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Ecology and taxonomy of mysids (Mysidacea : crustacea)

Fenton, Gwen Elizabeth 1985 , 'Ecology and taxonomy of mysids (Mysidacea : crustacea)', PhD thesis, University of Tasmania.

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The total number of species of mysids known from Australian waters
is 94, spanning 38 genera. Distribution records and keys to their
identification are provided. Of these species, three new genera and twelve
new species from Tasmania and Bass Strait have been described herein. In
addition, numerous new records have been reported. Forty-seven of the mysid
species and eight genera are endemic to Australia. The Australian mysid
fauna exhibits strong links with that of the Indo-West Pacific region.
A 12-month field study was conducted at One Tree Point, Bruny
Island Southern Tasmania, to investigate the role of mysids in an inshore
coastal community. Fourteen species were recorded from the study site; of
these, three i.e. Tenagomysis sp.2 n.sp., Anisomysis mixta australis and
Paramesopodopsis rufa n.g. n.sp., formed dense swarms. The major peaks of
abundance for each species were temporally separate. T.sp.2, A.mixta
australis and P.rufa were found to exhibit a number of ecological
differences, i.e. habitat partitioning (in zones parallel to shore), diet
and diel activity, which may explain their co-existence.
These three species bred continuously during spring, summer and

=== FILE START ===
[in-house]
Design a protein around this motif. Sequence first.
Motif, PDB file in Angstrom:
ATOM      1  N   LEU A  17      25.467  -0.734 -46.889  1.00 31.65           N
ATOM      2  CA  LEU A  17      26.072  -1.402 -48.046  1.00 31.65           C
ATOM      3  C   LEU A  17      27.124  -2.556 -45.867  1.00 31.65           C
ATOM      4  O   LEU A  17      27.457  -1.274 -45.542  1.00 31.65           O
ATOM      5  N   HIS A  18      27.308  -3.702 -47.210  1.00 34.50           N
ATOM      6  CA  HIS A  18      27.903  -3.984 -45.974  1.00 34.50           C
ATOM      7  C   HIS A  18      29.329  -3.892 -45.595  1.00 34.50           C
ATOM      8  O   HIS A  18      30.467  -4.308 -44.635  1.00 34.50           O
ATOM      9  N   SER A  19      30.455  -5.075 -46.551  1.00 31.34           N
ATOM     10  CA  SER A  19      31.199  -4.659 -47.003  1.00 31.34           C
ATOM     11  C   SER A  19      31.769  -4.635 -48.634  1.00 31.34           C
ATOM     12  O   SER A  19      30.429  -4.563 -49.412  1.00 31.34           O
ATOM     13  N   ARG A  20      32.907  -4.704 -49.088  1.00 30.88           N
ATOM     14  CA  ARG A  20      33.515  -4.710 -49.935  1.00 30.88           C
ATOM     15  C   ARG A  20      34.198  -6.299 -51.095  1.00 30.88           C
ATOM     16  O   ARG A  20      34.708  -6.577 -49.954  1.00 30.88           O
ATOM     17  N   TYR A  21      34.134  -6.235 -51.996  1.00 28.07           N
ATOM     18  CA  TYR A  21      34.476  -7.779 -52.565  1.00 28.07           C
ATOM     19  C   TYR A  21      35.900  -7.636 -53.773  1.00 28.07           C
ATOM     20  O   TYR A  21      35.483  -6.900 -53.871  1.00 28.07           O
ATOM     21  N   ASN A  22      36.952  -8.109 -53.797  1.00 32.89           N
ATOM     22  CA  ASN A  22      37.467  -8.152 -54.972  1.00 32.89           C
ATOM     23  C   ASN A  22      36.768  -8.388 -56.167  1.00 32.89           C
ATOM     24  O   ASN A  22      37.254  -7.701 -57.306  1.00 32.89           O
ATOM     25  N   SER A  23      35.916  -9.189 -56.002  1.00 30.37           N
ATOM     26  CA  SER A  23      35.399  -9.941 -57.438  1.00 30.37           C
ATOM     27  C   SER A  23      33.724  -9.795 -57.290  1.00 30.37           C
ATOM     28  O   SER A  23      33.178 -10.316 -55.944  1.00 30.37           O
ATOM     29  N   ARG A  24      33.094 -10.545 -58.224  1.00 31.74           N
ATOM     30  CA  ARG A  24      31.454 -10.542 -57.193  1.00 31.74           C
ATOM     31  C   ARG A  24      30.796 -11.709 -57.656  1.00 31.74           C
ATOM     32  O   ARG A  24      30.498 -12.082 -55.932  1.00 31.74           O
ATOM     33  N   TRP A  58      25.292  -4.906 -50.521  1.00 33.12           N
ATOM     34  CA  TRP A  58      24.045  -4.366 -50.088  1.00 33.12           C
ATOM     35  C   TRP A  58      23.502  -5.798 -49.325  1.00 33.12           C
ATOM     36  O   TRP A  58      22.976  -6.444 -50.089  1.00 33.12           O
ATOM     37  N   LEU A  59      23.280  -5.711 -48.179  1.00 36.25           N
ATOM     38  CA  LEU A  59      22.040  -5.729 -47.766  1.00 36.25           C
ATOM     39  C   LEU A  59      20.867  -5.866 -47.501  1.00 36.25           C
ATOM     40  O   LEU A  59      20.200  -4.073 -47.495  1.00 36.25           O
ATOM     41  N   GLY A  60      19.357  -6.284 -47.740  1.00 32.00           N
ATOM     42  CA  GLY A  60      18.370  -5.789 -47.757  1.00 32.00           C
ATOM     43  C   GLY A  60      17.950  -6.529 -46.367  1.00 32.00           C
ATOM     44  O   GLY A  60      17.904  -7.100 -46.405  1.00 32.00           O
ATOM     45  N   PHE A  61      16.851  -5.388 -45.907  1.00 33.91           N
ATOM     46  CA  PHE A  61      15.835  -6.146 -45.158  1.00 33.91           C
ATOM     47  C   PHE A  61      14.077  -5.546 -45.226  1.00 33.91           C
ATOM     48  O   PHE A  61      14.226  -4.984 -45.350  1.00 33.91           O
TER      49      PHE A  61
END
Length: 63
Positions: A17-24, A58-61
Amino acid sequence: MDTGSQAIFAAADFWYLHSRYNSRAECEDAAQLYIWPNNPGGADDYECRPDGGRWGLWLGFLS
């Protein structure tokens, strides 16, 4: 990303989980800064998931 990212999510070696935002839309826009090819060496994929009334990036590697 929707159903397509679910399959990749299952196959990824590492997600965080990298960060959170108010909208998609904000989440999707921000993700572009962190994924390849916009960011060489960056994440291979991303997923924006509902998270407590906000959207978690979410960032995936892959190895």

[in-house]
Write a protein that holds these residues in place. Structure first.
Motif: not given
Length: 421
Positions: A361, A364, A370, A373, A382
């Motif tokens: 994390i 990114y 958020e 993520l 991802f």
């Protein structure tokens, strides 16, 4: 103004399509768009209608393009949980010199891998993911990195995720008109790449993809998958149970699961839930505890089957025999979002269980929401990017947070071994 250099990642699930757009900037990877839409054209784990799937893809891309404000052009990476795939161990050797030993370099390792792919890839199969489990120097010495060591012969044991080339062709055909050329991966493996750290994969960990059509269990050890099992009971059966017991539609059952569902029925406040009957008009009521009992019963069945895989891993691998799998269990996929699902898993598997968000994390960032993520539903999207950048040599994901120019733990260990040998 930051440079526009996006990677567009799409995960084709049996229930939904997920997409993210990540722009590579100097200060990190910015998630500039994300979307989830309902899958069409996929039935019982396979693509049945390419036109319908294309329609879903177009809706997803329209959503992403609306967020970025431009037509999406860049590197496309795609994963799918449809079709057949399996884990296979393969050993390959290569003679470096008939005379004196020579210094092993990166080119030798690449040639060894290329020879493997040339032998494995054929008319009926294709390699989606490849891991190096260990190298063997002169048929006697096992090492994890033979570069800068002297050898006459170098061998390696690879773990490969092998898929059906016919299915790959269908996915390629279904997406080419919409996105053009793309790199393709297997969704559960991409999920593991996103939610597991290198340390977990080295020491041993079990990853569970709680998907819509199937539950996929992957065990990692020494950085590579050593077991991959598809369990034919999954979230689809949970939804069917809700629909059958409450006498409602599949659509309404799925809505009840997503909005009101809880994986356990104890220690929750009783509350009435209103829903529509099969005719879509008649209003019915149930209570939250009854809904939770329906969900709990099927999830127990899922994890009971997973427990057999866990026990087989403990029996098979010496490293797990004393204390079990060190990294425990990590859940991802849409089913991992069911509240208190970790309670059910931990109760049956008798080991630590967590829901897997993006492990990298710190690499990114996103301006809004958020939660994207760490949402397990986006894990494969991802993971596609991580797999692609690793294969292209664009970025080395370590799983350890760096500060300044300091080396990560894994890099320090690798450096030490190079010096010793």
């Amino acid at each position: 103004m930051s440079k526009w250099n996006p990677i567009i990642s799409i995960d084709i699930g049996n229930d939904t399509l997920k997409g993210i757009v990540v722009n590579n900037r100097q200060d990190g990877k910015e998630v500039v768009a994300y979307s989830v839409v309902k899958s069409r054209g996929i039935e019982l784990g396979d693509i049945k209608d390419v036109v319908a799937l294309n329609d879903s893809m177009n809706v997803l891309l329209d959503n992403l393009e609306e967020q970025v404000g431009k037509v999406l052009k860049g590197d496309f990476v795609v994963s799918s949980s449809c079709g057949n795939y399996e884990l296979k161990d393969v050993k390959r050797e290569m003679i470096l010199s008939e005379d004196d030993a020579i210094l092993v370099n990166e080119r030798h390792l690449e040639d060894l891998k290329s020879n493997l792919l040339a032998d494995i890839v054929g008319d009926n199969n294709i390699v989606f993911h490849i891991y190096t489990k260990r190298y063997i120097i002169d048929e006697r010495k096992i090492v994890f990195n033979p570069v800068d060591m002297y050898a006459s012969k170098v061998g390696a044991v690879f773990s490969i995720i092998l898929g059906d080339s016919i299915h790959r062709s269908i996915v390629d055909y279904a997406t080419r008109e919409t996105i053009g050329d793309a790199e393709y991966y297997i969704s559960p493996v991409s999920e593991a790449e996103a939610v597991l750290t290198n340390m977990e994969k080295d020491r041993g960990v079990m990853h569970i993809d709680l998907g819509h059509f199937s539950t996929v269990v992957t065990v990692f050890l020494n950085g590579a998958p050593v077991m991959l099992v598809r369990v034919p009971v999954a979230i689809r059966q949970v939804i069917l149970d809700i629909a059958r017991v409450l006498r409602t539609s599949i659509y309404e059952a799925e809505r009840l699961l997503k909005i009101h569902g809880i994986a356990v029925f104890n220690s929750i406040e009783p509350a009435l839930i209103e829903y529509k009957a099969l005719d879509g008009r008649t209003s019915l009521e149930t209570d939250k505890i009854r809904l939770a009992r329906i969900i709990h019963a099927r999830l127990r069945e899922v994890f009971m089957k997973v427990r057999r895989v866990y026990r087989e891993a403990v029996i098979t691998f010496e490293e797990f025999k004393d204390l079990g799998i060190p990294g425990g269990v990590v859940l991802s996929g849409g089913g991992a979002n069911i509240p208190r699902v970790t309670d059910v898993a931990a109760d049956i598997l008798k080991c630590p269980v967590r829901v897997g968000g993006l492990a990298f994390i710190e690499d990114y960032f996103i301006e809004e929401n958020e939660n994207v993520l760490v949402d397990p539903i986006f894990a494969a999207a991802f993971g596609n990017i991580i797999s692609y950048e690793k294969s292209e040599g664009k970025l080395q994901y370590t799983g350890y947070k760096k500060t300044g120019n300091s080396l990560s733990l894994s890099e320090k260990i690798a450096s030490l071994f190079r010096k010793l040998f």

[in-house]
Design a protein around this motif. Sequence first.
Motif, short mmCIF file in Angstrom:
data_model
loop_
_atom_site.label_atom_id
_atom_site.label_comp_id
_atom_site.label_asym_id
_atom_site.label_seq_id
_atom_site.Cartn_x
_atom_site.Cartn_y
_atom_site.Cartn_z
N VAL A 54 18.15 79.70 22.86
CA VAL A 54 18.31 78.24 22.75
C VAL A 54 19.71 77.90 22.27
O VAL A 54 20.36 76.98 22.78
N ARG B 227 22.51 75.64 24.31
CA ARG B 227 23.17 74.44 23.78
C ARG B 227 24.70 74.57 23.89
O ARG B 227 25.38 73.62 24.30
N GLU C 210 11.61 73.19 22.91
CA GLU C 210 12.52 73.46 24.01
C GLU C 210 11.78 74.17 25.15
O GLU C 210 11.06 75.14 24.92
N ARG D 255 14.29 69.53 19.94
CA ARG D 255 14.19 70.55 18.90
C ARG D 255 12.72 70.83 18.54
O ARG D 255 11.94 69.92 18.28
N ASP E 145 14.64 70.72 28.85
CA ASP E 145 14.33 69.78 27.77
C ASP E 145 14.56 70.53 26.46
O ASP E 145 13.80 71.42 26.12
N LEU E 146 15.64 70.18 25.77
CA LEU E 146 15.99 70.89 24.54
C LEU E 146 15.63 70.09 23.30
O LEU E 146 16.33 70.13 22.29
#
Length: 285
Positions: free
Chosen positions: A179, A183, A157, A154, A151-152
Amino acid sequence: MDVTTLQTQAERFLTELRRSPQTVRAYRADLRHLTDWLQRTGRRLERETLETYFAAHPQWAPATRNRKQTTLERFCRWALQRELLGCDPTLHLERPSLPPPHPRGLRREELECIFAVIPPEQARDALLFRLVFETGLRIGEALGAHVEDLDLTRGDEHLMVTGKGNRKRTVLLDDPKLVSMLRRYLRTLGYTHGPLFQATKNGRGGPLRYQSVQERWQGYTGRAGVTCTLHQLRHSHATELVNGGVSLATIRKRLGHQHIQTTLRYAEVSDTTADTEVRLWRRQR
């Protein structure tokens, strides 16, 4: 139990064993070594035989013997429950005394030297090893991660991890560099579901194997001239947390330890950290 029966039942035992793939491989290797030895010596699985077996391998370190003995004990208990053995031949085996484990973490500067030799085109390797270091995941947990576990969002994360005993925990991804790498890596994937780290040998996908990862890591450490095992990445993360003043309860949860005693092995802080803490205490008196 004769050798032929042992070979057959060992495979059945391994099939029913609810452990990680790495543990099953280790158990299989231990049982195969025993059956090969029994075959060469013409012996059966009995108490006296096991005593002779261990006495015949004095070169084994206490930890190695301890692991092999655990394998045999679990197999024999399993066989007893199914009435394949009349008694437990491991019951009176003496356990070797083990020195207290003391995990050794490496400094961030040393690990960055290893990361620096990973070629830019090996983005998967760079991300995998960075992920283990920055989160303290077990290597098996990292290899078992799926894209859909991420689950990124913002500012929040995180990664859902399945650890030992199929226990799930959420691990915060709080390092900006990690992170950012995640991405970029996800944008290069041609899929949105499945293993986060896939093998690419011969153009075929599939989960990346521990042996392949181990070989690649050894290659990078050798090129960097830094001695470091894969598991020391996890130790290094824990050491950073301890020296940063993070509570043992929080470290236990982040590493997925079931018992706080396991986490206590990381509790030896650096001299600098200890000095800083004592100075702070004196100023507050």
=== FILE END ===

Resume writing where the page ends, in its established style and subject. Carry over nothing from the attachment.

autumn. Breeding continued at a lower level during winter for T.sp.2 and
P.rufa, but A.mixta australis appeared to cease breeding over winter. The
breeding pattern was quite similar to that reported for most temperate
mysids throughout the world.
The annual production was calculated from the field data for each
species. Production was found to be greater for T.sp.2 than P.rufa and
A.mixta australis, but the annual turnover (P:B) was higher for A.mixta
australis (7.7) than T.sp.2 (5.5) and P.rufa (5.3). The values obtained
were high compared to those reported for mysid species in colder climates.

Trophic relationships within the mysid community were examined. Gut
contents analysis of the three mysids revealed a basically omnivorous diet,
but P.rufa fed to a greater degree on small crustaceans while the diet of
T.sp.2 was composed mainly of large fragments of macroalgae. The stomach
contents of A.mixta australis was composed of fine particulate detrital
matter. Comparison of stable isotope ratios ( 13C: 12C and H:D) of the mysids
with those of potential food sources supported these conclusions. In
addition, several fish that fed on mysids were identified by analysis of
their gut contents and others were implicated by comparison of their stable
isotope ratios.
The results suggest that apart from their importance in the diet of
several fish species, these mysids play a significant role in the turnover
of the macroalgal biomass, and may also be important in structuring the
zooplankton and/or meiobenthic community.
The results presented here have provided a major contribution to
the knowledge of both taxonomy and ecology of Australian mysids. However,
the need for continued examination of the taxonomy, biology and ecology of
Australian mysids is recognized, and consequently, avenues for further
research are suggested.

Item Type: Thesis - PhD
Authors/Creators:Fenton, Gwen Elizabeth
Keywords: Mysidacea, Mysidacea
Copyright Holders: The Author
Copyright Information:

Copyright 1985 the Author - The University is continuing to endeavour to trace the copyright
owner(s) and in the meantime this item has been reproduced here in good faith. We
would be pleased to hear from the copyright owner(s).

Additional Information:

Thesis (Ph.D.)--University of Tasmania, 1986. Bibliography: leaves 342-366

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